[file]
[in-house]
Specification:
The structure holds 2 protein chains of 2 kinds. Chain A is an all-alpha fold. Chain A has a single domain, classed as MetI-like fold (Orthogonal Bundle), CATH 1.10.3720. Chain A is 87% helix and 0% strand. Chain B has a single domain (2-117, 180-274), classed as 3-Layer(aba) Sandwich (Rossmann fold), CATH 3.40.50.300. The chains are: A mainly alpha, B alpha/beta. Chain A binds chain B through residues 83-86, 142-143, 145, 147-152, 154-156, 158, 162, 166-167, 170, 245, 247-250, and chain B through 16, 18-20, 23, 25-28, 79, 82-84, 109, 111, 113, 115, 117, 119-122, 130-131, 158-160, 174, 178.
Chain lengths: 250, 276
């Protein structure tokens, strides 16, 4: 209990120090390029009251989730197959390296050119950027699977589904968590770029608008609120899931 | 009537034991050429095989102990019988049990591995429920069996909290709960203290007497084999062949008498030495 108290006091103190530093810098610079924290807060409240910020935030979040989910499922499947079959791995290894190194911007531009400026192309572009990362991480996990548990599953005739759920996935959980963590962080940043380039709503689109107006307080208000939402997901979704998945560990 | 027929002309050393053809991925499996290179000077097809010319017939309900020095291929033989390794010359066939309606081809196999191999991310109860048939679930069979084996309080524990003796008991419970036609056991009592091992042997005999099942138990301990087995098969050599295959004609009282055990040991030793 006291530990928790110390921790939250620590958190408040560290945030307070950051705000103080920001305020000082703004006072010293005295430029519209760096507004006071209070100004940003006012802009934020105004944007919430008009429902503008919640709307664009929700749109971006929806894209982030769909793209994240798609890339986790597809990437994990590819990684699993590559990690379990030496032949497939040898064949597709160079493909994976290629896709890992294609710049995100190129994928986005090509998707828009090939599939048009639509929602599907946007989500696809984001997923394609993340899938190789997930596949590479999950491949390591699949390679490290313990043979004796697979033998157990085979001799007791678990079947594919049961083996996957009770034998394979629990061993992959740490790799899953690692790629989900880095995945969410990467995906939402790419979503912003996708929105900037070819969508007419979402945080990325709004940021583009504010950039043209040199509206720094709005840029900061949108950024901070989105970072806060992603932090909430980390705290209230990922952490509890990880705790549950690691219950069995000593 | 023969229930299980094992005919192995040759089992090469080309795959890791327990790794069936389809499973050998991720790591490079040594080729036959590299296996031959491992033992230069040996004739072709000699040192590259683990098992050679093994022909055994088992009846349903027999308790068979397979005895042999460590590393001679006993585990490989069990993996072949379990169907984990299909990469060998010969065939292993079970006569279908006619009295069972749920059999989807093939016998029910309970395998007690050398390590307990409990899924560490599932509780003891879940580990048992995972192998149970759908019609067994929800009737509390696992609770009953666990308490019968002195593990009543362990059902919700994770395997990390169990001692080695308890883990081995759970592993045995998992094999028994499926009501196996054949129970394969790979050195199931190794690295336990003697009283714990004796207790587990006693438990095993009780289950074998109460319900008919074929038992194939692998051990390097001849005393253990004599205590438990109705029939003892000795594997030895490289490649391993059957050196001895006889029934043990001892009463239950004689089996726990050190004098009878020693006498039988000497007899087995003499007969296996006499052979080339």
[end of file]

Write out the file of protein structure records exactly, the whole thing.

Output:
[in-house]
Specification:
The structure holds 2 protein chains of 2 kinds. Chain A is an all-alpha fold. Chain A has a single domain, classed as MetI-like fold (Orthogonal Bundle), CATH 1.10.3720. Chain A is 87% helix and 0% strand. Chain B has a single domain (2-117, 180-274), classed as 3-Layer(aba) Sandwich (Rossmann fold), CATH 3.40.50.300. The chains are: A mainly alpha, B alpha/beta. Chain A binds chain B through residues 83-86, 142-143, 145, 147-152, 154-156, 158, 162, 166-167, 170, 245, 247-250, and chain B through 16, 18-20, 23, 25-28, 79, 82-84, 109, 111, 113, 115, 117, 119-122, 130-131, 158-160, 174, 178.
Chain lengths: 250, 276
């Protein structure tokens, strides 16, 4: 209990120090390029009251989730197959390296050119950027699977589904968590770029608008609120899931 | 009537034991050429095989102990019988049990591995429920069996909290709960203290007497084999062949008498030495 108290006091103190530093810098610079924290807060409240910020935030979040989910499922499947079959791995290894190194911007531009400026192309572009990362991480996990548990599953005739759920996935959980963590962080940043380039709503689109107006307080208000939402997901979704998945560990 | 027929002309050393053809991925499996290179000077097809010319017939309900020095291929033989390794010359066939309606081809196999191999991310109860048939679930069979084996309080524990003796008991419970036609056991009592091992042997005999099942138990301990087995098969050599295959004609009282055990040991030793 006291530990928790110390921790939250620590958190408040560290945030307070950051705000103080920001305020000082703004006072010293005295430029519209760096507004006071209070100004940003006012802009934020105004944007919430008009429902503008919640709307664009929700749109971006929806894209982030769909793209994240798609890339986790597809990437994990590819990684699993590559990690379990030496032949497939040898064949597709160079493909994976290629896709890992294609710049995100190129994928986005090509998707828009090939599939048009639509929602599907946007989500696809984001997923394609993340899938190789997930596949590479999950491949390591699949390679490290313990043979004796697979033998157990085979001799007791678990079947594919049961083996996957009770034998394979629990061993992959740490790799899953690692790629989900880095995945969410990467995906939402790419979503912003996708929105900037070819969508007419979402945080990325709004940021583009504010950039043209040199509206720094709005840029900061949108950024901070989105970072806060992603932090909430980390705290209230990922952490509890990880705790549950690691219950069995000593 | 023969229930299980094992005919192995040759089992090469080309795959890791327990790794069936389809499973050998991720790591490079040594080729036959590299296996031959491992033992230069040996004739072709000699040192590259683990098992050679093994022909055994088992009846349903027999308790068979397979005895042999460590590393001679006993585990490989069990993996072949379990169907984990299909990469060998010969065939292993079970006569279908006619009295069972749920059999989807093939016998029910309970395998007690050398390590307990409990899924560490599932509780003891879940580990048992995972192998149970759908019609067994929800009737509390696992609770009953666990308490019968002195593990009543362990059902919700994770395997990390169990001692080695308890883990081995759970592993045995998992094999028994499926009501196996054949129970394969790979050195199931190794690295336990003697009283714990004796207790587990006693438990095993009780289950074998109460319900008919074929038992194939692998051990390097001849005393253990004599205590438990109705029939003892000795594997030895490289490649391993059957050196001895006889029934043990001892009463239950004689089996726990050190004098009878020693006498039988000497007899087995003499007969296996006499052979080339």